Moscow Goes Kosher
The Russian capital’s recent boom in kosher restaurants shows that kashrut isn’t just for Jews anymore
At the Farmers Bazaar, which opened this spring, kosher products from hummus to meat to salsas to many kinds of wine are spread throughout the organic market. The space is bright and airy, and Shnaiderman’s enthusiasm is infectious. Having grown up in Ukraine, where he gradually became religious, Shnaiderman, following a brief stint as a new immigrant in Israel, moved to Moscow, where he is on a kind of self-imposed mission to educate others about kashrut.
The site of the new shopping mall and farmers market next to Moscow’s famed circus on Tsvetnoy (Flower) Boulevard was the location of a flower market in the 19th century and an open-air food market during the Soviet period, so the owners of the mall had a contemporary spin-off in mind, Shnaiderman told me over a pot of ginger tea in a café overlooking the market. The concept of a high-end farmers market isn’t new in the United States (think a kind of a cross-breed between San Francisco’s Ferry Building and the Farmers Market at the Grove in L.A.), but in Moscow, such a place still does more to cultivate the tastes of the middle class rather than to respond to them.
In many ways, it is the very expansion of the middle class that is itself part of the story of culinary adventurousness in contemporary Moscow. Russia’s capital city could be more appropriately described as a city-state—a magnet for money and talent from across Russia, a city well-oiled by petroleum and media rubles whose accumulation of wealth has little to do with the dire financial conditions in the country as a whole. As is common with the newly moneyed the world over, there is an ever-growing need for new commodities and experiences. Sushi, for example, which on average costs twice as much in Moscow as it does in the United States (and isn’t any better for it), has become somewhat ubiquitous. However, now that sushi no longer surprises anybody, there is a niche for something new. And for non-Jewish Russians, kosher food is one such new interest.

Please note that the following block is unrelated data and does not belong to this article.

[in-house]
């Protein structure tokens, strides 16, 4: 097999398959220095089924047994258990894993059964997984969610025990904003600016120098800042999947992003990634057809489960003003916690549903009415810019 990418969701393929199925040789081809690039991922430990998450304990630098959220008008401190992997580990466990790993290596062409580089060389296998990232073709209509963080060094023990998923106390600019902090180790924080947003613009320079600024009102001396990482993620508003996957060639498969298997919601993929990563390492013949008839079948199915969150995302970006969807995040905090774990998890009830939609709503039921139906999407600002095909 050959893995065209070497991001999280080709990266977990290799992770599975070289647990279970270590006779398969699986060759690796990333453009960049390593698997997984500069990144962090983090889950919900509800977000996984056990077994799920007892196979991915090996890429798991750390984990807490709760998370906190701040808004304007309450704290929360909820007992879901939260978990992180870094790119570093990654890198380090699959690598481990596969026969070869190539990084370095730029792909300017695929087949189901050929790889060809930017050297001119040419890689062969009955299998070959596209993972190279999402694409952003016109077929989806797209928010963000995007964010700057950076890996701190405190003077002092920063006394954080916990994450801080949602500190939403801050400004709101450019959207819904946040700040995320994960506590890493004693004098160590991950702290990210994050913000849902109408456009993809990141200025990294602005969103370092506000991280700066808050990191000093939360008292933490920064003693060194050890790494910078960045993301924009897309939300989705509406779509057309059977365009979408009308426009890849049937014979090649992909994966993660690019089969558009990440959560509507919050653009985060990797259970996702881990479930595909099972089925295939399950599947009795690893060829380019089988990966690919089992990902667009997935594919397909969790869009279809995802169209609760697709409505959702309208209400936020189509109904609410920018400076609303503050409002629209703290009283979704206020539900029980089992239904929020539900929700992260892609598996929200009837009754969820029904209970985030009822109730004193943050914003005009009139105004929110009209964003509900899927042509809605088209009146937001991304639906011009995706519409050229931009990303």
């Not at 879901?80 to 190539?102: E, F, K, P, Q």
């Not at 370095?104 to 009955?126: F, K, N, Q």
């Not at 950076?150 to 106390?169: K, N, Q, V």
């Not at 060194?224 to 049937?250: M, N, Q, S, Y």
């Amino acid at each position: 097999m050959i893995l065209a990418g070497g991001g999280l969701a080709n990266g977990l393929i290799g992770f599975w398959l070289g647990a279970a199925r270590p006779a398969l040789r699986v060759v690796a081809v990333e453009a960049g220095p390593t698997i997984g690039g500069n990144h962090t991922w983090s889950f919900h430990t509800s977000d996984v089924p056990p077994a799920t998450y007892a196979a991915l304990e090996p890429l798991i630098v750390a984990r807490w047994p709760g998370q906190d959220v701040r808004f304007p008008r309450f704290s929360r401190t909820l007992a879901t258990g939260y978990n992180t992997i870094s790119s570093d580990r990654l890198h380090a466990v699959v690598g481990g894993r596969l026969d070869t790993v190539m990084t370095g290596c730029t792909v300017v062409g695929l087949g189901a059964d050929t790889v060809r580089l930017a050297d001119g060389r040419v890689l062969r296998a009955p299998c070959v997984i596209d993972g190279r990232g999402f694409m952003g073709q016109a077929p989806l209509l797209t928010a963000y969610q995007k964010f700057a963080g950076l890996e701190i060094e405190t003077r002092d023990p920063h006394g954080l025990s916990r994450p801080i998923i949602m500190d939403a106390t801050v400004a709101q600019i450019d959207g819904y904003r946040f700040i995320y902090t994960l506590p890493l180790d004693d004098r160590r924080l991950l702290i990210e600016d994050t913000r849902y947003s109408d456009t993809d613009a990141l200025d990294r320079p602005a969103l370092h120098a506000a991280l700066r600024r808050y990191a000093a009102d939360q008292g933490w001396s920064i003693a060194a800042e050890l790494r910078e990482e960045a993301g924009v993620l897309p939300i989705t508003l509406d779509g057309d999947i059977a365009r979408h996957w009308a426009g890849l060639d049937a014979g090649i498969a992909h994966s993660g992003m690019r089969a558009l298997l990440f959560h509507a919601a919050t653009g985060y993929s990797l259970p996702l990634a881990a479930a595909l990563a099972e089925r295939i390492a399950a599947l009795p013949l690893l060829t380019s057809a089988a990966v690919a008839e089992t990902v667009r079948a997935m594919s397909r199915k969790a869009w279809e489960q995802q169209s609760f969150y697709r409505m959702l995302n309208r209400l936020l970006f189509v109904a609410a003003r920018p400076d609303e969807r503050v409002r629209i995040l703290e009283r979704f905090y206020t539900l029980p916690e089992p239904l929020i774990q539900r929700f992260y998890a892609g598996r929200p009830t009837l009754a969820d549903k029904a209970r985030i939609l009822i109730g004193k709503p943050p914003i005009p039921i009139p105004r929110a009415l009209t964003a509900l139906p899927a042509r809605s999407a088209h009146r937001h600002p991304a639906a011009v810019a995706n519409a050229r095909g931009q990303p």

There was a phrase that I kept hearing from different purveyors of kosher food in Moscow: “You are what you eat.” I first heard this phrase from Ilya Kiselev, who runs a restaurant and bar called Tel Aviv across the street from the Farmers Bazaar, to describe his rationale for promoting kashrut as a system of eating that feeds the soul in addition to the body. Kiselev, who is not observant, is a designer by training—training that’s readily on display at Tel Aviv, where many black-and-white photos of towns in Israel cover the walls, in addition to political posters and reproductions of Israeli advertisement. Tel Aviv was created as a restaurant oriented around hosting events. It doubles as a concept bar by night. One night, I had met a friend there during a klezmer concert; this was among Tel Aviv’s tamer evenings, paling in comparison with their vaccination-theme party, during which barmen dressed in white lab coats served cocktails out of syringes. More straightforward events take place there, too: Kiselev told me of hosting Israeli film nights and lectures about Bauhaus buildings in Tel Aviv, the city.
Not all potential clients of kosher restaurants, however, are convinced that kosher food can be eaten by non-Jews. Over a tasty lunch at Tel Aviv that included hummus with mushrooms, borekas, and a bowl of Yemeni soup, Kiselev told me of a non-Jewish friend of his who, after being invited to Kiselev’s birthday party at Tel Aviv, called to double-check whether her very presence would somehow profane the establishment.